Stress is one of the known triggers for a flare-up, and while some parents argue that their babies can’t be stressed because they’re still babies, it couldn’t be further from the truth. Babies generally absorb whatever their parents are feeling, including stress. Read more about eliminating stress factors in children from Ines Cano Uribe:
School is one of the places that children may experience stress in. Seeing other children with healthy skin can already induce stress in a child suffering from eczema. While parents can’t control how their children feel, they can help them cope with stress at school.
Discreetly talk to the teachers and parents to let them know about your child’s condition, and how it isn’t a disease that can be spread by simply touching or interacting with your child. Let them know that it’s perfectly safe to be around your child. Being ostracized because of their condition is one of their greatest fears, and by talking to your child’s teachers and your co-parents, you can actually spread awareness about the mental and emotional impact that childhood eczema has on the patient.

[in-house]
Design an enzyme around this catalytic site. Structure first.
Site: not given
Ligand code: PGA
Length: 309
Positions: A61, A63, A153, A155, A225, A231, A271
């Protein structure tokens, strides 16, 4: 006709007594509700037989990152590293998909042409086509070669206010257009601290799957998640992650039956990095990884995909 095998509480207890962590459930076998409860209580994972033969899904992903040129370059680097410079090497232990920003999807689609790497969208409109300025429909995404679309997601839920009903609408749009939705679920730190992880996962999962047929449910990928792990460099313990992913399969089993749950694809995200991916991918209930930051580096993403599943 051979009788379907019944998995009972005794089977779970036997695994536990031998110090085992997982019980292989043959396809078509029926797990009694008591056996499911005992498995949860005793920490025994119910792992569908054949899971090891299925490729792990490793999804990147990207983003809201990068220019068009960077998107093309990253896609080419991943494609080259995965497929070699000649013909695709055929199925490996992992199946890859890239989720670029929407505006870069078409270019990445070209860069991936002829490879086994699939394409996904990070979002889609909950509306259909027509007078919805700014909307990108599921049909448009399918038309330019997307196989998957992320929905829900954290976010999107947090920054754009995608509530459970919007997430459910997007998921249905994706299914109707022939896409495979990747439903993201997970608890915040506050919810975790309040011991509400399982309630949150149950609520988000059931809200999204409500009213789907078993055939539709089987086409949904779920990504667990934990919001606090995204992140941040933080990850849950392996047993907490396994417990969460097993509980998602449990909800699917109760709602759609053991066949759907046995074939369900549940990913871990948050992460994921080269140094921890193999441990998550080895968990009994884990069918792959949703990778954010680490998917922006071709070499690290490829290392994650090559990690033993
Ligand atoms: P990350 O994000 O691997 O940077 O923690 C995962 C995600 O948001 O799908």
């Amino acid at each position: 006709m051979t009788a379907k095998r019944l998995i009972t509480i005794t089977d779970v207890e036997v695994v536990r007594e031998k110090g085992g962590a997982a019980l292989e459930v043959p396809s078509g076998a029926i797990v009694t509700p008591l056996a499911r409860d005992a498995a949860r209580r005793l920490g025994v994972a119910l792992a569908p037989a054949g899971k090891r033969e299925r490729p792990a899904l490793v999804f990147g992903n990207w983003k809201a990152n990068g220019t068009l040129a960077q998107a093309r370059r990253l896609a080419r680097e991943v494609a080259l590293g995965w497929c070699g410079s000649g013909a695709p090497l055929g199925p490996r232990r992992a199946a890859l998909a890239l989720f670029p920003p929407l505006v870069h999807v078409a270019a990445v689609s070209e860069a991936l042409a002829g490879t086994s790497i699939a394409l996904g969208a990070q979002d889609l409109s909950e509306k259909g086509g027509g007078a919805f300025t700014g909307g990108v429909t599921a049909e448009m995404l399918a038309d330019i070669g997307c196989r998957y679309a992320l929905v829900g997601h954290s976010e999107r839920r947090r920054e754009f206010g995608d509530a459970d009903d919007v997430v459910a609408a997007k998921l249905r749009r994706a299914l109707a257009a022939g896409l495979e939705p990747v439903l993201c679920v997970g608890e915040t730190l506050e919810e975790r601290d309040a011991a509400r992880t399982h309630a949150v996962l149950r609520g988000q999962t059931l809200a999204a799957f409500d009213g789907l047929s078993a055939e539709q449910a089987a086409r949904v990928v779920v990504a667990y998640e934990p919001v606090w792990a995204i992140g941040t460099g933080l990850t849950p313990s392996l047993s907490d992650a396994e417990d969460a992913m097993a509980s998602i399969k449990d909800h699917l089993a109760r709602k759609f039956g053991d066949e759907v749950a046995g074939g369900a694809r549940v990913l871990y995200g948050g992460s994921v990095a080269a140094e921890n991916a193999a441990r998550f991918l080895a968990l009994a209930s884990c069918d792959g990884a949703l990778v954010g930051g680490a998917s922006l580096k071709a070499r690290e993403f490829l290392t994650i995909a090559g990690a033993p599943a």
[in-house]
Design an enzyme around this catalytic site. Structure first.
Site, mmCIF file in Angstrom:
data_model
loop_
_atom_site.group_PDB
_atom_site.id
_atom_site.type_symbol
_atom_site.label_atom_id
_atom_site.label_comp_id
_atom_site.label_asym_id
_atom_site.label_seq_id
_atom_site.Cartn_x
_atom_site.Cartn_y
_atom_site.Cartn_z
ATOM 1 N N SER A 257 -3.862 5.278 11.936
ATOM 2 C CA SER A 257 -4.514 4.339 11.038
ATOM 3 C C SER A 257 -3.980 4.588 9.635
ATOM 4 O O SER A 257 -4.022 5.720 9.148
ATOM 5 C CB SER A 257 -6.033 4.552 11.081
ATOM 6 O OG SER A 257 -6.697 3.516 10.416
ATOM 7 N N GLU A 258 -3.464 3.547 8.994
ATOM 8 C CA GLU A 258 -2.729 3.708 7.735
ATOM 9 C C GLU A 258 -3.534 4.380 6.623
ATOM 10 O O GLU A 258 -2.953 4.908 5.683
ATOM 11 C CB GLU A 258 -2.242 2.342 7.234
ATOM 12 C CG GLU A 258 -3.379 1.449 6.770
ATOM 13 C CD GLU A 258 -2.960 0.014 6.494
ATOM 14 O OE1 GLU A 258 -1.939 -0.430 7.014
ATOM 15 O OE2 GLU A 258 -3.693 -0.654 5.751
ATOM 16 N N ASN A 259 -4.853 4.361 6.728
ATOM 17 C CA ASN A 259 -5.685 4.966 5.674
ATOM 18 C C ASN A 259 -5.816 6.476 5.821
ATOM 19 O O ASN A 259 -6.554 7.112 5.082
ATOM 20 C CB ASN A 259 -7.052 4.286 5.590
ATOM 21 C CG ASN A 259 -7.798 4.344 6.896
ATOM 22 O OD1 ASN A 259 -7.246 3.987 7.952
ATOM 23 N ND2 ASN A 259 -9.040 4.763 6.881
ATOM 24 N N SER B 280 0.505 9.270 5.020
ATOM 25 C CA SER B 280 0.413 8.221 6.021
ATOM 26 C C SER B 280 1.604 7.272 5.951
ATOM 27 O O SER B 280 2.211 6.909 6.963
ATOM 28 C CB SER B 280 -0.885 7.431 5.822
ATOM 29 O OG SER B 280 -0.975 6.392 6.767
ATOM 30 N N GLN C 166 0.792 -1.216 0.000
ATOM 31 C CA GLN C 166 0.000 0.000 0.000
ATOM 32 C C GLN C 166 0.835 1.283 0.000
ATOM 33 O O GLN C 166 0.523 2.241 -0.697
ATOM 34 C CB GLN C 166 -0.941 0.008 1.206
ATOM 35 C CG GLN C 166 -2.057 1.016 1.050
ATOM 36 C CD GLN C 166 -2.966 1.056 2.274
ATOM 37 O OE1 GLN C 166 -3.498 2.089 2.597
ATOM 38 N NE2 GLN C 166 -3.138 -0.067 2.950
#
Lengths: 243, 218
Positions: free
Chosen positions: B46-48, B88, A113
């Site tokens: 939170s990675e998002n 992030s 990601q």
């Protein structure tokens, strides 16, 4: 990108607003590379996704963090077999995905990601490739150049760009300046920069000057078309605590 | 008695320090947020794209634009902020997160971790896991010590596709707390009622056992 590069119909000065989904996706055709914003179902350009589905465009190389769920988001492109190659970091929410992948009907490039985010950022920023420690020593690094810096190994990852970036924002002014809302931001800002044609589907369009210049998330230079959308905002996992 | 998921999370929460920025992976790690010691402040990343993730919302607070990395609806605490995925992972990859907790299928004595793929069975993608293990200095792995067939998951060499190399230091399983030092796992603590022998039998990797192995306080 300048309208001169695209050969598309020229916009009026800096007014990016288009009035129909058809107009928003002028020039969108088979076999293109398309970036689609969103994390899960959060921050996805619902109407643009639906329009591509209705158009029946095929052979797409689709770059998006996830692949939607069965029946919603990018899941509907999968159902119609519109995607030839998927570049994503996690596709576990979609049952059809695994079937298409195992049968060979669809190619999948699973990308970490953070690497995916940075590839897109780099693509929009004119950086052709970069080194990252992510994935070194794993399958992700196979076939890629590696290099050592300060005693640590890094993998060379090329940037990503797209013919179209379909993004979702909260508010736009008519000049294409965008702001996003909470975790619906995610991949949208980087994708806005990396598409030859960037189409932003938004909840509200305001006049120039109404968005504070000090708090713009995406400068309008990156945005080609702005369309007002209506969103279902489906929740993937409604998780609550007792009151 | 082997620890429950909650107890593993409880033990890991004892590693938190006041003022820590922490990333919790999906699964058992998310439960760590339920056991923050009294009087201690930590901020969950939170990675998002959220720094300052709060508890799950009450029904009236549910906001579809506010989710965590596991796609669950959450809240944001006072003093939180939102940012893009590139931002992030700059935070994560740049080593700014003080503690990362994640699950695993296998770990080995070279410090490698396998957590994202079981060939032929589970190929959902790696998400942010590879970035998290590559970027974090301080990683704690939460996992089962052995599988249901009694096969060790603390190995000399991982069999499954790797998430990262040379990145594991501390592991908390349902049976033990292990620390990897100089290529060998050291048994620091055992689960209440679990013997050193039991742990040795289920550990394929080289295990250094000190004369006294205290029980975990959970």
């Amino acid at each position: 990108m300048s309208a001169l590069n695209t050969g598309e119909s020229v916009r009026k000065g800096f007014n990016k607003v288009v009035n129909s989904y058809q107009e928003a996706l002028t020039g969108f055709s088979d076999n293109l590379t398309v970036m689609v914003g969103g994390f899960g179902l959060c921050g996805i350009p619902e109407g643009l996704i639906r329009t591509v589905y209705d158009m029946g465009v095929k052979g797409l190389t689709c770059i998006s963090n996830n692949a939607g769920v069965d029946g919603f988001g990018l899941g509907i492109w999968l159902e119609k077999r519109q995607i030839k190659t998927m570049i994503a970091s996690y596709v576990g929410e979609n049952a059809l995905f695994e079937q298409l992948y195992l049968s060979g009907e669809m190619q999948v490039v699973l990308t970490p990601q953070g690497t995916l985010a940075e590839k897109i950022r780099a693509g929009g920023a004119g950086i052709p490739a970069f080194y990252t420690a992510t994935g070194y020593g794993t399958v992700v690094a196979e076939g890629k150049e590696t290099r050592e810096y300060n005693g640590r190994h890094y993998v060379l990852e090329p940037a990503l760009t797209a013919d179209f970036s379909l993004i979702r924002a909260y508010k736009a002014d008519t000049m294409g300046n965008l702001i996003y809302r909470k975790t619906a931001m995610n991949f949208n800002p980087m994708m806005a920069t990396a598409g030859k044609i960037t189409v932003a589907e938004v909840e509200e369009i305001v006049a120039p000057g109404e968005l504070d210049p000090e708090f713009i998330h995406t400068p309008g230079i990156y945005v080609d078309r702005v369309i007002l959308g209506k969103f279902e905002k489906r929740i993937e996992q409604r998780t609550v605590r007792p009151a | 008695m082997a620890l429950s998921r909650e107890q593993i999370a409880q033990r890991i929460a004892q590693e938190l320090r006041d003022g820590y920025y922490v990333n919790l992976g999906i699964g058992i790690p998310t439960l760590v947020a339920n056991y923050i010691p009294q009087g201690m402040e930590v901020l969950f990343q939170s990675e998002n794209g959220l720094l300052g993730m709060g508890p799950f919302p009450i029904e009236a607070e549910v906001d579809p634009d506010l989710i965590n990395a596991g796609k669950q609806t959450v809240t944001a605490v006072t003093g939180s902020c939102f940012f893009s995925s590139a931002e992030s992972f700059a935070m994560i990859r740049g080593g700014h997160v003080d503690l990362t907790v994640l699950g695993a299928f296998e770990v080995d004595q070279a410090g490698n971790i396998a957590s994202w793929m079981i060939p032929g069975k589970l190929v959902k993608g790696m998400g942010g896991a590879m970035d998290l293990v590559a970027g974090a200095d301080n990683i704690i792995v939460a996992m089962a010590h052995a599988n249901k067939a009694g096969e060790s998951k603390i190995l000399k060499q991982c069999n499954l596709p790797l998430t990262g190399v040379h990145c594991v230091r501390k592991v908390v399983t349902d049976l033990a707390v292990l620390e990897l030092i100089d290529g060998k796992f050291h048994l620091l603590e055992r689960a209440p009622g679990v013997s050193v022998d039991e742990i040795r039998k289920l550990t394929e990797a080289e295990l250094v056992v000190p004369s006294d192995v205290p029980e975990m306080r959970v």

Certain school activities may stress out your child too for fear of a flare-up. If your child has developed sensitivity to art materials like glue or paint, let the teacher know about this and suggest other alternatives. For outdoor activities, you could ask the teacher for alternative as well since heat and sweat are known triggers for a flare-up.
The good news is that your child can join swimming activities; just make sure to apply Vaseline on your child’s skin to protect it from chlorine, and sunscreen to protect the skin from the heat of the sun. Observe your child’s skin after about half an hour in the water. If no rashes appear, your child could stay in the water for up to about an hour. Make sure though to get your child out of the water as soon as rashes appear.
For Ines Cano Uribe, communication is key to helping your child eliminate stress factors. Your child can still enjoy a good life, with a little precaution.